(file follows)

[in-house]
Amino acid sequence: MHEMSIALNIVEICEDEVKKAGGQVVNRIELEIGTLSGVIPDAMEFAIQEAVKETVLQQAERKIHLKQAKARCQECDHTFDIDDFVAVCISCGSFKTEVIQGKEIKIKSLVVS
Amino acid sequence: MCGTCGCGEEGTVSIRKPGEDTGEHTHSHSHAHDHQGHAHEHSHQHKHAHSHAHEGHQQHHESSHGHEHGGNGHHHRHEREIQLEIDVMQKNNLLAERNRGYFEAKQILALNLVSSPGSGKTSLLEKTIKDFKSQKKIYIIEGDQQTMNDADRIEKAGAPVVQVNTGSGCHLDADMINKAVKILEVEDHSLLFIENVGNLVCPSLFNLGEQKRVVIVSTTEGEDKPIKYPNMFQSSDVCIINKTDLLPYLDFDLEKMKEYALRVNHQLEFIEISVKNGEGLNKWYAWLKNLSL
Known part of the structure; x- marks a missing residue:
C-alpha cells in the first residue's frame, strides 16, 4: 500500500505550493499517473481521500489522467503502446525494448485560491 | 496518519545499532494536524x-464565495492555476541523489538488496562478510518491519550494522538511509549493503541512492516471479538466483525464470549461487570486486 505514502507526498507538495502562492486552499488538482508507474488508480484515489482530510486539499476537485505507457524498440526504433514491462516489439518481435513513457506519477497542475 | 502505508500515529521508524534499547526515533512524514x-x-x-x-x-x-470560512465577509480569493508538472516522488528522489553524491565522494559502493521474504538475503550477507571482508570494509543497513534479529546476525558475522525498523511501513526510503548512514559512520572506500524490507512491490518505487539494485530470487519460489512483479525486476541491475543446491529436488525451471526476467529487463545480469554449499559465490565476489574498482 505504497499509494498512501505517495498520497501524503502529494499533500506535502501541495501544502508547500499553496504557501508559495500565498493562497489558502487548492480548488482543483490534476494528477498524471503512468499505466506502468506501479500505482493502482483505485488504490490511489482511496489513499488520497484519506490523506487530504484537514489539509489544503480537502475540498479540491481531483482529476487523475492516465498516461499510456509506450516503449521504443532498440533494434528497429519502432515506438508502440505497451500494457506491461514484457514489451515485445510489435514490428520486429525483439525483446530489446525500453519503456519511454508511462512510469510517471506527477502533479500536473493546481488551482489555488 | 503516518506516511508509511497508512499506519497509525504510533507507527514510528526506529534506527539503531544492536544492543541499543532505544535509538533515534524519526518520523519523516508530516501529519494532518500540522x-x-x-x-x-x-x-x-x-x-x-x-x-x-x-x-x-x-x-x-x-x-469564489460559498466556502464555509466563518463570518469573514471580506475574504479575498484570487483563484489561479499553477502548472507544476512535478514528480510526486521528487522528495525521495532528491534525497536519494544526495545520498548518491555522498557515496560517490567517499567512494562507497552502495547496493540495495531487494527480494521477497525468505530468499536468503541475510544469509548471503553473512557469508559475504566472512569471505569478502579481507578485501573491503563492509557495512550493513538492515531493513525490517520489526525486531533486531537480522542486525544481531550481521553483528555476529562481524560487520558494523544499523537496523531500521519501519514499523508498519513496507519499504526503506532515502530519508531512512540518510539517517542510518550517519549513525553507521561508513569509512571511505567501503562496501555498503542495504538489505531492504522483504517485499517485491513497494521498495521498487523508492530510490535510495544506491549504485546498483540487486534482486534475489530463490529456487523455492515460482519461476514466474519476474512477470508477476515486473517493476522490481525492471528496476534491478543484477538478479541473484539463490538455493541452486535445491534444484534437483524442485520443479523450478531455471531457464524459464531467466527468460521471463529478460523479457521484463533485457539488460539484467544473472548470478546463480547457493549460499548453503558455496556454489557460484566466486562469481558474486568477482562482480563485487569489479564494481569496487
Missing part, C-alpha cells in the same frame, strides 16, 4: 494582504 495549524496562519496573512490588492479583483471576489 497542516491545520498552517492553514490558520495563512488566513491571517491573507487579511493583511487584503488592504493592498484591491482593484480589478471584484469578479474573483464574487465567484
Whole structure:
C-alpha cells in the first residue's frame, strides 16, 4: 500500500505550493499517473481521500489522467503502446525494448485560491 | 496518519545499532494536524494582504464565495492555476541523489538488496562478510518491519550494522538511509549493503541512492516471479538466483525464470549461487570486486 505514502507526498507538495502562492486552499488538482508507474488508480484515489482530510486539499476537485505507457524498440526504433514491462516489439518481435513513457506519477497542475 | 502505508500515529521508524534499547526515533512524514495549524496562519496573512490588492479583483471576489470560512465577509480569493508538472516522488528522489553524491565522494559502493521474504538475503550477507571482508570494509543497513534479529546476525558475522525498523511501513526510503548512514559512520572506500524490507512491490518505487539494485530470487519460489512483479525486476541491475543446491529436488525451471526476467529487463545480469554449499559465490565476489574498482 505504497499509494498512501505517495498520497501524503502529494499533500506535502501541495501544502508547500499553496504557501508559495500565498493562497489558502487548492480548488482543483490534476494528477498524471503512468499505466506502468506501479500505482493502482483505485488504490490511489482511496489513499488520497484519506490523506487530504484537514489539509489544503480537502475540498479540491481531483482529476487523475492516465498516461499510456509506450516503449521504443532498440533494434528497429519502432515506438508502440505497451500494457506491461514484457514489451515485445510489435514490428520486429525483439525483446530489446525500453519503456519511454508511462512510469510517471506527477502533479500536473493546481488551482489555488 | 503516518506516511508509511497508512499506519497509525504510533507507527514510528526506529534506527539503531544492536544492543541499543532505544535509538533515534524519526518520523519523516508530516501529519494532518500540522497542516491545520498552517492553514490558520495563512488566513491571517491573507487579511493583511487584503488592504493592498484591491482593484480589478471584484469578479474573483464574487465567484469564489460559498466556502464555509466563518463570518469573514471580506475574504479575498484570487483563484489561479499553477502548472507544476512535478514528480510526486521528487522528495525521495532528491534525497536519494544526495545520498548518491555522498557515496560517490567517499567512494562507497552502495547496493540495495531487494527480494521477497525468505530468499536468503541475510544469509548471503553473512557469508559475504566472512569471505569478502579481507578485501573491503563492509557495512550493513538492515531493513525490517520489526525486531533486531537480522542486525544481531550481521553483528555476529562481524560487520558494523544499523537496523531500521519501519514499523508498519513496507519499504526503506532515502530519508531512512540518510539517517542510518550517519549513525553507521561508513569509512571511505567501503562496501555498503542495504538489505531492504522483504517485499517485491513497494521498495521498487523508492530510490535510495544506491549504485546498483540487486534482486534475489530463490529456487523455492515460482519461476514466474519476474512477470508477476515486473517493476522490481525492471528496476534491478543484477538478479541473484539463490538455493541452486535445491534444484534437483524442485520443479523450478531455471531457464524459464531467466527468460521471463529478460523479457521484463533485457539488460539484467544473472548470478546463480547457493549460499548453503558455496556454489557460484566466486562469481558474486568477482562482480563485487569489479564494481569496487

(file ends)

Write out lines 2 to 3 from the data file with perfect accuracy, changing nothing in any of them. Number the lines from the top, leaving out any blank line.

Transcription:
Amino acid sequence: MHEMSIALNIVEICEDEVKKAGGQVVNRIELEIGTLSGVIPDAMEFAIQEAVKETVLQQAERKIHLKQAKARCQECDHTFDIDDFVAVCISCGSFKTEVIQGKEIKIKSLVVS
Amino acid sequence: MCGTCGCGEEGTVSIRKPGEDTGEHTHSHSHAHDHQGHAHEHSHQHKHAHSHAHEGHQQHHESSHGHEHGGNGHHHRHEREIQLEIDVMQKNNLLAERNRGYFEAKQILALNLVSSPGSGKTSLLEKTIKDFKSQKKIYIIEGDQQTMNDADRIEKAGAPVVQVNTGSGCHLDADMINKAVKILEVEDHSLLFIENVGNLVCPSLFNLGEQKRVVIVSTTEGEDKPIKYPNMFQSSDVCIINKTDLLPYLDFDLEKMKEYALRVNHQLEFIEISVKNGEGLNKWYAWLKNLSL